A couple of weekends ago, we finally tore out the water-damaged floor of the bathroom to prepare for its replacement. Once it was gone, we could see the layers of adjacent flooring that had been laid in the kitchen over the years. There must have been at least three different types of floors on top of the subfloor, and the bottom-most flooring caught my dad’s eye. So, what did we find?

Goodbye, mediocre floor. We hardly knew ye.

We decided there was no time like the present to take out the kitchen floor, so we started peeling back the layers.  The top was, of course, the mediocre red-brown vinyl sheeting and its underlayment.  The flooring under that, though, was kind of hilarious:

The terribly ugly linoleum flooring found under the current kitchen floor.

It’s a little hard to see in the photo, but what you’re looking at is a cream-colored linoleum with red and navy blue accents.  Pretty hideous!  I could see it working in a 1950s kitchen, especially if it had a patriotic theme… but no.  It was really banged up, so even if I could ever consider keeping such a floor (I don’t think I could), it wasn’t an option.  The linoleum paper was glued directly to the oldest of the three floors, and that’s where things got interesting.  My father did a little bit of sanding and uncovered this:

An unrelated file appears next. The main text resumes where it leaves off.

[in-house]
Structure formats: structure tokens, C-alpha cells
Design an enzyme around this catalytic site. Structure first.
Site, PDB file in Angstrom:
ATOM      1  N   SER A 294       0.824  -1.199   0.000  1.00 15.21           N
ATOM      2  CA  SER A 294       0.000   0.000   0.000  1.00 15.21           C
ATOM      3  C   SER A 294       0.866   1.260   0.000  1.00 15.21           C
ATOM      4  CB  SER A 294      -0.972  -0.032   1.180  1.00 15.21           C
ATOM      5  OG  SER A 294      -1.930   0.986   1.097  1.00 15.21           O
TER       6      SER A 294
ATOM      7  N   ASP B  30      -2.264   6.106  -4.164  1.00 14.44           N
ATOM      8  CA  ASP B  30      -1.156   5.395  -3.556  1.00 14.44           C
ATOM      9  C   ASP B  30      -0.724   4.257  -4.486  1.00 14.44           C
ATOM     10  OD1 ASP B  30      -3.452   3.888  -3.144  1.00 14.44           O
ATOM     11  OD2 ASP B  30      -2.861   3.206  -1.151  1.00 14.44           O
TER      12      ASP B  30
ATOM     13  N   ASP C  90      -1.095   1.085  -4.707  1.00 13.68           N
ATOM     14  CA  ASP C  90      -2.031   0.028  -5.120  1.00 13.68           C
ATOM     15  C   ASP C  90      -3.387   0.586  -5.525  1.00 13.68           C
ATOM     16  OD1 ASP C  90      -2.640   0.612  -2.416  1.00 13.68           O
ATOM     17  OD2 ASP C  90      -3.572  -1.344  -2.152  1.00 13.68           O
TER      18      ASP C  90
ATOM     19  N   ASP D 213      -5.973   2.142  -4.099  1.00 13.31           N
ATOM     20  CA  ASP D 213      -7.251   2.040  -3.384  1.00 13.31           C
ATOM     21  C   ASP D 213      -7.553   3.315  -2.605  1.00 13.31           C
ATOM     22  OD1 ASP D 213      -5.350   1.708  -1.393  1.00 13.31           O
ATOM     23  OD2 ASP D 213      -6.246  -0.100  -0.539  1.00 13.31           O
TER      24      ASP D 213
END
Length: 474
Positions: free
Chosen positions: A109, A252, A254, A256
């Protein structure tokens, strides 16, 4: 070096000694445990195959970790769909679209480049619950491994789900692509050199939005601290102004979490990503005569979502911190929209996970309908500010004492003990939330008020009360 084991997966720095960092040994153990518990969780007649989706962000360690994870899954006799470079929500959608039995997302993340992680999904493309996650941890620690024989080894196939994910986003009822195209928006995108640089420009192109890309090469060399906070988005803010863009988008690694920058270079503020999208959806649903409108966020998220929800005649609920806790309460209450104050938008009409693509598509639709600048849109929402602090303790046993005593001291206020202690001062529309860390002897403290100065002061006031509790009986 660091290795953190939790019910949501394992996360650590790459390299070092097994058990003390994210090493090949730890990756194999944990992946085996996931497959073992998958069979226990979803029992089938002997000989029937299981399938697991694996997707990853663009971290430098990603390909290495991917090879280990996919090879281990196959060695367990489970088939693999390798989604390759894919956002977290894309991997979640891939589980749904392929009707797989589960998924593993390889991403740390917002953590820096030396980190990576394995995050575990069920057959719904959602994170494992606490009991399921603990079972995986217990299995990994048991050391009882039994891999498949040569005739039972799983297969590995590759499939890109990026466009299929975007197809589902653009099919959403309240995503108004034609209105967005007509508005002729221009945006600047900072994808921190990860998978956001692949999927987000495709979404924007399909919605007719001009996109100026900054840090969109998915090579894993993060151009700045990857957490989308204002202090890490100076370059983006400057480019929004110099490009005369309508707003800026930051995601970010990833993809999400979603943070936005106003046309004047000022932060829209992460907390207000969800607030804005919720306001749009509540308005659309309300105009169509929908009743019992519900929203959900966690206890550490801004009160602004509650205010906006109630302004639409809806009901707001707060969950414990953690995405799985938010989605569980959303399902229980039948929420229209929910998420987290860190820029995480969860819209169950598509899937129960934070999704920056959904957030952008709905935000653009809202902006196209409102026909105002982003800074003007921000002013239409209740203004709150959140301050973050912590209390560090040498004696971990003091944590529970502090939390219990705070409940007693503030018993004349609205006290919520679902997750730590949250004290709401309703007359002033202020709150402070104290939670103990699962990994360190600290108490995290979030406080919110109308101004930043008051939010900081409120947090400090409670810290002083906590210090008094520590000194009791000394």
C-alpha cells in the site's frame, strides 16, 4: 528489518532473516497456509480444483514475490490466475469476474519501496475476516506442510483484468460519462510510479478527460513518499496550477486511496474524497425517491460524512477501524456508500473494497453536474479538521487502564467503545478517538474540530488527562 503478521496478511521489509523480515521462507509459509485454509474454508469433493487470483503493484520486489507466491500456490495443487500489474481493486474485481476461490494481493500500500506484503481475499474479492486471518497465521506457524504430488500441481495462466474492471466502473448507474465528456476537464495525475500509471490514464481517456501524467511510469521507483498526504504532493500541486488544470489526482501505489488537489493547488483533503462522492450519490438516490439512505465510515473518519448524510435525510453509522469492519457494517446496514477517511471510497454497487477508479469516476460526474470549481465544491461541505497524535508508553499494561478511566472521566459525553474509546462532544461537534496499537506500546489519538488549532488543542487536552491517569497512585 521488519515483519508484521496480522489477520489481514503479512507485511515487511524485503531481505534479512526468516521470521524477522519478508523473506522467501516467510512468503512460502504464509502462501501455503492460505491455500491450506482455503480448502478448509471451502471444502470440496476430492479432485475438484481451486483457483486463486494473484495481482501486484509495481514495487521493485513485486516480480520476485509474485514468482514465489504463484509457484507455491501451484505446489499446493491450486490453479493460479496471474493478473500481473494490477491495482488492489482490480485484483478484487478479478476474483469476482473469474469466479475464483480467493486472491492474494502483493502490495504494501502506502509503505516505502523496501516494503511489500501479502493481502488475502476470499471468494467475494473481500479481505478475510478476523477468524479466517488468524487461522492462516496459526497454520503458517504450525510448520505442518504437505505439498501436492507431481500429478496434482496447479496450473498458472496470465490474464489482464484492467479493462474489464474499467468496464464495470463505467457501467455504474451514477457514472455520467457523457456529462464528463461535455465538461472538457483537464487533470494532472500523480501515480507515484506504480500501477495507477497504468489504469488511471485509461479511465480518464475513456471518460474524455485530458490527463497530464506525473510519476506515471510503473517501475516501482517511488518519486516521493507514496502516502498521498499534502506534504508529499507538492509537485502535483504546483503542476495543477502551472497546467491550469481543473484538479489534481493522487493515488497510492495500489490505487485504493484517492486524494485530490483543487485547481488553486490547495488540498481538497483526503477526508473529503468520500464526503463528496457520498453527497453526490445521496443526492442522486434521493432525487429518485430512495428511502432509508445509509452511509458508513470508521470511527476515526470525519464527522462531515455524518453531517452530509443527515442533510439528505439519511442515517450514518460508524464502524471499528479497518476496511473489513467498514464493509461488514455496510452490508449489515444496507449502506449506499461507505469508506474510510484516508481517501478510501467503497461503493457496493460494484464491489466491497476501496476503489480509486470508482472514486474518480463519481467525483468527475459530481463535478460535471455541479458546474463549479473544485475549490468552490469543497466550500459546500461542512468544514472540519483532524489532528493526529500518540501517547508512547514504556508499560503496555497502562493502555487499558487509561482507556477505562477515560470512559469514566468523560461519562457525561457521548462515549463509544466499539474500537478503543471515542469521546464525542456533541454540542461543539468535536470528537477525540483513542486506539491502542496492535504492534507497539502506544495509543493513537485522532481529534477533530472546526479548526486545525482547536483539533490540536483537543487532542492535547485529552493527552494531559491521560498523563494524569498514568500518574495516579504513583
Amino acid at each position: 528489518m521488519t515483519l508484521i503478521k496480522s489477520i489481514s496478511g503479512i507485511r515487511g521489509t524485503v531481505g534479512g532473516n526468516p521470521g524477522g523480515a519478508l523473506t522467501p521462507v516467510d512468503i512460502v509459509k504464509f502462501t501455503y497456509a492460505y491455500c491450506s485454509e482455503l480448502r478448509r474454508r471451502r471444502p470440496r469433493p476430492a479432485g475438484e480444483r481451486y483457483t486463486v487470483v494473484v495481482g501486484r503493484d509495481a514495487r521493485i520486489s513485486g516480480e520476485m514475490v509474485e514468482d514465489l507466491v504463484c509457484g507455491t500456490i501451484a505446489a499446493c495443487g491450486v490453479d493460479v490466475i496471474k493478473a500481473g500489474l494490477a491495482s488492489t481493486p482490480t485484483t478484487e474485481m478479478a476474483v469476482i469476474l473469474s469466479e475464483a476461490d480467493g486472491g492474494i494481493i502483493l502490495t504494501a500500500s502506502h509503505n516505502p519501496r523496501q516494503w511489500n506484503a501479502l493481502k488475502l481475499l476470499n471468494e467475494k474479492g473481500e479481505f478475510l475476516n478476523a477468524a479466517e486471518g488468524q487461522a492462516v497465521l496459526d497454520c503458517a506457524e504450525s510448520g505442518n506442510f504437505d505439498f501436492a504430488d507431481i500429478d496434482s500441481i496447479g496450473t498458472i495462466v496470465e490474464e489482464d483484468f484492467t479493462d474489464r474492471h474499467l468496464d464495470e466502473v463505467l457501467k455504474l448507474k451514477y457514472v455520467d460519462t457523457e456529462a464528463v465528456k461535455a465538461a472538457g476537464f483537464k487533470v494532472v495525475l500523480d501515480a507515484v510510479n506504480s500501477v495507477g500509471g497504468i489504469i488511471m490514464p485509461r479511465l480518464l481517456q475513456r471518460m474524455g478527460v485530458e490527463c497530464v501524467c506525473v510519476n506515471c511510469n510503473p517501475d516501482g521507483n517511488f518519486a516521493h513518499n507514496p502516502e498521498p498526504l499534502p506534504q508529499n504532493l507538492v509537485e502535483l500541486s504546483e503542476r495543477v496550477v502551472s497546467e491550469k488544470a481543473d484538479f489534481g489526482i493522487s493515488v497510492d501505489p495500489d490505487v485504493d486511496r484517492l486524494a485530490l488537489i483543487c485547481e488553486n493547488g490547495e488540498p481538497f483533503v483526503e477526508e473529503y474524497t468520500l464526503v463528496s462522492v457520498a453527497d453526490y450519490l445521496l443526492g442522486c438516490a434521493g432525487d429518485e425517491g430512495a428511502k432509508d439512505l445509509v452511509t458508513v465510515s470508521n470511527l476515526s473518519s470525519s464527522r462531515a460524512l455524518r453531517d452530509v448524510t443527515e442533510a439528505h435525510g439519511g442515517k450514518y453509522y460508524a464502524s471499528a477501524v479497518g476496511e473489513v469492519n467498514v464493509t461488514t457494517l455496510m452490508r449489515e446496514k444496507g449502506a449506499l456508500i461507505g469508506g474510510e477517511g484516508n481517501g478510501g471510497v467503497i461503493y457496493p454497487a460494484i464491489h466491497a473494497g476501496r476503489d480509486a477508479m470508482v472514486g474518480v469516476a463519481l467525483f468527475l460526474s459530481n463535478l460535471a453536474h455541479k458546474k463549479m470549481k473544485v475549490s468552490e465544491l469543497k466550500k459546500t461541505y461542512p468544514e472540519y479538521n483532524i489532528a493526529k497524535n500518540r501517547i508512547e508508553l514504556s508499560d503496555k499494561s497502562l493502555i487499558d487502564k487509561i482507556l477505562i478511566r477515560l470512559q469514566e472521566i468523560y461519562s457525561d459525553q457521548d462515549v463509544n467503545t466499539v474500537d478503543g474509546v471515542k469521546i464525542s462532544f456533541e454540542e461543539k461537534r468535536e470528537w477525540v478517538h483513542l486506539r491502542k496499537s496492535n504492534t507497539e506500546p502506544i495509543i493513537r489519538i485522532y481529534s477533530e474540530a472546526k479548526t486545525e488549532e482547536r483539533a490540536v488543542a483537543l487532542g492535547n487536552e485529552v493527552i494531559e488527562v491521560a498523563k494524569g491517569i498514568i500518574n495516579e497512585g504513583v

A very interesting development.

It turns out that this is a maple floor, and chances are that it was the original floor.  It sits right on top of the subfloor and is very thick, meaning we’ll be able to sand it down to something usable that we can stain and seal.  This is a very exciting discovery because it means that we won’t need to buy new flooring for the kitchen.  And honestly, it’s better than what we would have bought on our budget anyway!  My father has refinished a number of wood floors before and has volunteered to take on that project when the time comes.

Close-up of our (future) new floor.

Hooray for kitchen hardwood flooring!  It is welcome news indeed.


About Leigh

Born and raised in Rochester, MN, Leigh moved to the Twin Cities in 2004 for college. She stayed, and now works for a south metro city in the recycling department. In February of 2011, she and Paul bought a neglected farm house in the city to start our own urban hobby farm.

Posted on May 2, 2011, in History, House, Renovation, Reuse and tagged , . Bookmark the permalink. 1 Comment.

  1. Georgia Lauritzen

    Great find! In many older houses, solid wood flooring was used without a subfloor so you are very lucky.

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